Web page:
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World calls for peaceful transition in Libya

08-23-2011 10:16 BJT Special Report:Libyan Rebels Control Tripoli |

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As Libyan rebels tighten their grip on Tripoli, world leaders have called for a peaceful transition. Many leaders have said negotiations are off the table for Gaddafi, insisting that he must face the International Criminal Court. CCTV correspondent Tom Fearon tells us what the international community is saying.

US President, Barack Obama, delivered a speech following rebels' seizure of Tripoli. He urges the rebels to build a democratic government through "peaceful, inclusive and just" measures. He also says that people who have fought for peace deserve a better day.

US President Barack Obama delivers a statement on Libya from his vacation on Martha's
Vineyard in Massachusetts [image | reuters]

NATO Secretary-General, Anders Fogh Rasmussen, says the Gaddafi regime is crumbling, and calls for embattled leader to end his battle soon and avoid further bloodshed and suffering of the Libyan people.

He said, "Now is the time for all threats against civilians to stop, as the United Nations Security Council demanded. Now is the time to create a new Libya: a state based on freedom, not fear; democracy, not dictatorship; the will of the many, not the whims of a few."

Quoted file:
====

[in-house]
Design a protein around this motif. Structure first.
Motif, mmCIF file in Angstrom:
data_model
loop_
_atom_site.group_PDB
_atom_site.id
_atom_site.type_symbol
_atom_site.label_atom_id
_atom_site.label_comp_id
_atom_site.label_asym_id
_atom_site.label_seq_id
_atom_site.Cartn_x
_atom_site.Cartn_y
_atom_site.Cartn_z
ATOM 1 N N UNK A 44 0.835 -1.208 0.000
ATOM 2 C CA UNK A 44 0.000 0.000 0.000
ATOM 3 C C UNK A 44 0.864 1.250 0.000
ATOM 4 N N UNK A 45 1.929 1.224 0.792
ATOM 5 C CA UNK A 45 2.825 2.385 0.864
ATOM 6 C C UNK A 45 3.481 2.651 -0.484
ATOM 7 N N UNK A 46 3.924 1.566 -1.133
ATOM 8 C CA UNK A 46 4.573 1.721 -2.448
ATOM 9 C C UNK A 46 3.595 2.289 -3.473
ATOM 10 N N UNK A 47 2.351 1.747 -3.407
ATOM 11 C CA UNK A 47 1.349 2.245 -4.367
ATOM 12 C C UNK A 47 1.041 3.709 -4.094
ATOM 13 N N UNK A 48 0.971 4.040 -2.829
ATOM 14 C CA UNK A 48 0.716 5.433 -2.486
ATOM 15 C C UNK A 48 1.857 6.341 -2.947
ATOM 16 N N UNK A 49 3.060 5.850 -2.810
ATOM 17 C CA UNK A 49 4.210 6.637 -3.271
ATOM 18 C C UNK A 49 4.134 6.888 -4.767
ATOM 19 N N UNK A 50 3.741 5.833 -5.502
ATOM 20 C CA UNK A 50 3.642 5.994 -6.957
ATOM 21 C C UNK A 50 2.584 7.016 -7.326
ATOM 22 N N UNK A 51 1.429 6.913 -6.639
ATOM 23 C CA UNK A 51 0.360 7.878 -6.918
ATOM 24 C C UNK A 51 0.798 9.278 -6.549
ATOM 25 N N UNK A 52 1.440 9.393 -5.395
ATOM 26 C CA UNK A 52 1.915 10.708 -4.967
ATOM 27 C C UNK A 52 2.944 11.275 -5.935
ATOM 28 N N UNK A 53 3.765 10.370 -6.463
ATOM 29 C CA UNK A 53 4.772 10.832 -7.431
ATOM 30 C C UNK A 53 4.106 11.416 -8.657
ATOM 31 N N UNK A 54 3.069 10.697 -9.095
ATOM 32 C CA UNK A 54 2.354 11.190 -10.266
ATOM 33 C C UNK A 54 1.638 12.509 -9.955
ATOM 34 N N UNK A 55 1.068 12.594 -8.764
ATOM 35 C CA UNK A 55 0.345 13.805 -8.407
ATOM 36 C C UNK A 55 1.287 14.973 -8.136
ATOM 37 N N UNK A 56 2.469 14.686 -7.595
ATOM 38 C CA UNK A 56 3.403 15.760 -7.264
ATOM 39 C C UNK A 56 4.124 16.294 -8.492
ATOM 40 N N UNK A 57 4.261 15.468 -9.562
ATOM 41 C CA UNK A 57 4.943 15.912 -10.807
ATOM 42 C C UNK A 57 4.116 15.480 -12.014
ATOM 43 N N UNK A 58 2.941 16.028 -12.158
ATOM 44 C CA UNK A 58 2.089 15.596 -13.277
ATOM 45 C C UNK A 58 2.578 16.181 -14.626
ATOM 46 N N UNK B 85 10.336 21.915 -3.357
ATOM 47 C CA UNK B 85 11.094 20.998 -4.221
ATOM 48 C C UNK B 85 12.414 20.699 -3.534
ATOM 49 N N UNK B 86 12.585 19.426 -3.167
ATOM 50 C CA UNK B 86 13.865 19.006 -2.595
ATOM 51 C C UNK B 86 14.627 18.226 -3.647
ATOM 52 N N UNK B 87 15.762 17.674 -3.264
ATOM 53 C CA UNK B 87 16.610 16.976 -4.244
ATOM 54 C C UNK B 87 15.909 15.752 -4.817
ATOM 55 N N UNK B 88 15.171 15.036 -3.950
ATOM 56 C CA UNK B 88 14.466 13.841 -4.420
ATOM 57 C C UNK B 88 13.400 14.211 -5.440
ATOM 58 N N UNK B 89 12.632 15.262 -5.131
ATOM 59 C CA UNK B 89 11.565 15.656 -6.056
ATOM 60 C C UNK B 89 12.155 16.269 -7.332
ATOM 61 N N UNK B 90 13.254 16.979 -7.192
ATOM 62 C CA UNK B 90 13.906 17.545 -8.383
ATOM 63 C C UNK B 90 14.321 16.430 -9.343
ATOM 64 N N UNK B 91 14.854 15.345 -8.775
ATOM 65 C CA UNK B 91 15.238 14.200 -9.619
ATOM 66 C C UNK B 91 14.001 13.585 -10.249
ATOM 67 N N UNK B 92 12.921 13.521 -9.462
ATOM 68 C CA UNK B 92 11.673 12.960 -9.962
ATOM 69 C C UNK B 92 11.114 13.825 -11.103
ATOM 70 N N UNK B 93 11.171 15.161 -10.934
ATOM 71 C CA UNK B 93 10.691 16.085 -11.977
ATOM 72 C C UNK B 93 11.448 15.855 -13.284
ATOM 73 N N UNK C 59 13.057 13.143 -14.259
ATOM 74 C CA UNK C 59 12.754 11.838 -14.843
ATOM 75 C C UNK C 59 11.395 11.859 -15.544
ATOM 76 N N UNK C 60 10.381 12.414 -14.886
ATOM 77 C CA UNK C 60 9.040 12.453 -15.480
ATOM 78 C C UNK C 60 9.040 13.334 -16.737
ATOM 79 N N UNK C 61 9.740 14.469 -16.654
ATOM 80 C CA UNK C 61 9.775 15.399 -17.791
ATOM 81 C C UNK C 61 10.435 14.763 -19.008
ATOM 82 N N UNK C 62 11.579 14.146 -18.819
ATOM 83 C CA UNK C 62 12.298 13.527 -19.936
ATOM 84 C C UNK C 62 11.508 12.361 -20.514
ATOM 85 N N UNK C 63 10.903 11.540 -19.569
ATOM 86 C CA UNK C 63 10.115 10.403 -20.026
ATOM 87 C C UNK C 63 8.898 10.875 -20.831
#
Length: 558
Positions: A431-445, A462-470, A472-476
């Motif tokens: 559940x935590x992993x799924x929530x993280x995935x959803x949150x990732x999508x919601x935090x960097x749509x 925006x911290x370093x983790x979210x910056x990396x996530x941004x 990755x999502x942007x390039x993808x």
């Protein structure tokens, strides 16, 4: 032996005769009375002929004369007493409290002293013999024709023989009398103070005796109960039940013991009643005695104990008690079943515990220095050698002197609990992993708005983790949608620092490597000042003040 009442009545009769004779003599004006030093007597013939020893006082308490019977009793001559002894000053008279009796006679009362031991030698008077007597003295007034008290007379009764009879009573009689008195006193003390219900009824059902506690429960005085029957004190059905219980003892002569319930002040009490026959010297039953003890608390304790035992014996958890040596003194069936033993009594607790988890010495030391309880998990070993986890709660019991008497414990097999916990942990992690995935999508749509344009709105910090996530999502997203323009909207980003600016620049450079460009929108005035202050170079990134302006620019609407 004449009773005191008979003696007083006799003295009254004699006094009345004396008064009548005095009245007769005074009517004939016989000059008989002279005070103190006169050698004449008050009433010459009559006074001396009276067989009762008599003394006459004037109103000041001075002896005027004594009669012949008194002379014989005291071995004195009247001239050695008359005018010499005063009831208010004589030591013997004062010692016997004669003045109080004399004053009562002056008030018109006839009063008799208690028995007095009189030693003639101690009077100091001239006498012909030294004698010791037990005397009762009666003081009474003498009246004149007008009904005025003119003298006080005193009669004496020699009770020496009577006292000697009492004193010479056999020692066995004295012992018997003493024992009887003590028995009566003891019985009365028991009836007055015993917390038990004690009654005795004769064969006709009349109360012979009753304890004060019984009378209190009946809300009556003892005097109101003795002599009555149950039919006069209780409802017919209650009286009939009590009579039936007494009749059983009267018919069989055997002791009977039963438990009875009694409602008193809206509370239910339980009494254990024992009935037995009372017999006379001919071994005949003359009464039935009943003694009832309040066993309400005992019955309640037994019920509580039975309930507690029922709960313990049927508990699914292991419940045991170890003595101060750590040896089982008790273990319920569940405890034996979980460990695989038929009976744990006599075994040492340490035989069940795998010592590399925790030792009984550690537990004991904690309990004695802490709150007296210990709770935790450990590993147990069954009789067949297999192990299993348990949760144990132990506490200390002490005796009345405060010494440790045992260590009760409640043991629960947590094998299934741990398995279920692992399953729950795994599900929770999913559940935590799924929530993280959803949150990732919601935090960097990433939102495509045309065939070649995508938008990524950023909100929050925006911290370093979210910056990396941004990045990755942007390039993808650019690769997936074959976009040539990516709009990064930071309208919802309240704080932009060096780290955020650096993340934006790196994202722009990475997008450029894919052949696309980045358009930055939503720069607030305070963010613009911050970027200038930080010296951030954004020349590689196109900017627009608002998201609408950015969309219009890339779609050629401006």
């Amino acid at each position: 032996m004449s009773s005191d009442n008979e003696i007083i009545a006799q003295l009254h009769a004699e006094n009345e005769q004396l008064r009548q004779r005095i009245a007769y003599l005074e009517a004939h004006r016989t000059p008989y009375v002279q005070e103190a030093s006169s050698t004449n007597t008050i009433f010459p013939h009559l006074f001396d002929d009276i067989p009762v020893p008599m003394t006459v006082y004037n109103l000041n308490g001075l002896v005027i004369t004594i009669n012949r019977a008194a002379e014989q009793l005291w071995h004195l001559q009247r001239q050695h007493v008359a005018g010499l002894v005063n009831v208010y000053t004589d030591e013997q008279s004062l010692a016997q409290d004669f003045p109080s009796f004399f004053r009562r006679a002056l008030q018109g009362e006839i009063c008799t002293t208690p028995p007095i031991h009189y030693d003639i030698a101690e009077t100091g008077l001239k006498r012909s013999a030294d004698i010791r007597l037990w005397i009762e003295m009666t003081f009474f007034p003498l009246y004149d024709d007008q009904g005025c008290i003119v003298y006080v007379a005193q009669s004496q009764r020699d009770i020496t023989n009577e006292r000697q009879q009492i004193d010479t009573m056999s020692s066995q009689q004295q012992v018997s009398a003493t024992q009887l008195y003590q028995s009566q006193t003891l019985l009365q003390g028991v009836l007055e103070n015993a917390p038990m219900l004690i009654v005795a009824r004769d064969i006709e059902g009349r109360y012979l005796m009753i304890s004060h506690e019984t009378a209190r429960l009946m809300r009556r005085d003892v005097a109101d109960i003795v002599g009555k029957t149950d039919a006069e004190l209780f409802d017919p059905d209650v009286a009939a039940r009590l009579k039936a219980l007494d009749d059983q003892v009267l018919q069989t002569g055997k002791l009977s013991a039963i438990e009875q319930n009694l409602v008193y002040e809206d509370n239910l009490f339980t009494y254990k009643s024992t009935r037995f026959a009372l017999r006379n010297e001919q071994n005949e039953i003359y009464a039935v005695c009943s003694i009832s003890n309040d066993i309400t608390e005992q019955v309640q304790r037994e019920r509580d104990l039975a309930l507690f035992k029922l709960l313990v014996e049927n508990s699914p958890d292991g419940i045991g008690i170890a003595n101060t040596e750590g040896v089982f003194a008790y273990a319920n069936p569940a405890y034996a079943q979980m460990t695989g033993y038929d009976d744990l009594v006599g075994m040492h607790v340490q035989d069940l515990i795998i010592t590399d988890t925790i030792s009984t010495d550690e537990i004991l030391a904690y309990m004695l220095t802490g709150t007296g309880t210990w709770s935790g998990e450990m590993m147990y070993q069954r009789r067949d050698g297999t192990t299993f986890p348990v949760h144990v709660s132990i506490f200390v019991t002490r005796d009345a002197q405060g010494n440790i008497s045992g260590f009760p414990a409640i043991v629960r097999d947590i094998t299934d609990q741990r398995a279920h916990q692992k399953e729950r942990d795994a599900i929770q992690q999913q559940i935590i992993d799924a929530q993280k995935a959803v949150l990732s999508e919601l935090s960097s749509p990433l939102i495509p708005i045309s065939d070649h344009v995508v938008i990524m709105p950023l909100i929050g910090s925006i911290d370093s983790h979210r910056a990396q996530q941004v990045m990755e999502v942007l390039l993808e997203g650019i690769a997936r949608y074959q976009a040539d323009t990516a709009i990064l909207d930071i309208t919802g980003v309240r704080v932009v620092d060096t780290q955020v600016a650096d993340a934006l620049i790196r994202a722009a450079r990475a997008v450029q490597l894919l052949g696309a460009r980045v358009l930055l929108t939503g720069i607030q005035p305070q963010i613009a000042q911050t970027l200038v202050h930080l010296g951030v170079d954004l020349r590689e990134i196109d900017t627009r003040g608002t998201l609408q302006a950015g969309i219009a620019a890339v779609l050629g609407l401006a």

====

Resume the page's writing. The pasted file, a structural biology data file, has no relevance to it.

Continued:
In Italy, Foreign Minister Franco Frattini says Gaddafi should surrender to avoid a possible bloodbath in the Libyan capital.

Frattini adds that "time has run out" for negotiations over a possible exile for Gaddafi and he must face trial at the International Criminal Court in The Hague.

Britain urges the Libyan National Transitional Council to maintain order and not pursue reprisals after rebel fighters swept into the heart of Tripoli. It also called again on Gaddafi to step down.

France calls on forces loyal to Gaddafi to lay down their arms and tells the rebel leadership it will continue to support the National Transitional Council.

The European Union urges Gaddafi to leave without further delay. It also urges the rebels to act responsibly and protect civilians.

South Africa says it is not assisting Gaddafi flee his country and says it supports the right of Libyans to decide their own future.

Maite Nkoana-Mashabane, S. African Int’l Relations Minister, said, "Colonel Gaddafi had said to the AU (African Union) that he is prepared to step aside at that time, that the future of Libya must be decided by Libyans, including his own future, so we've never envisaged him being part of any negotiations whatsoever. That he has said to the AU leadership."

As for the Venezuelan President Hugo Chavez, he condemns the NATO bombings on Tripoli, saying they were practically demolishing the Libyan Capital. Chavez also calls for the world to follow the path of peace.

 

Editor:Zhang Jingya |Source: CNTV.CN

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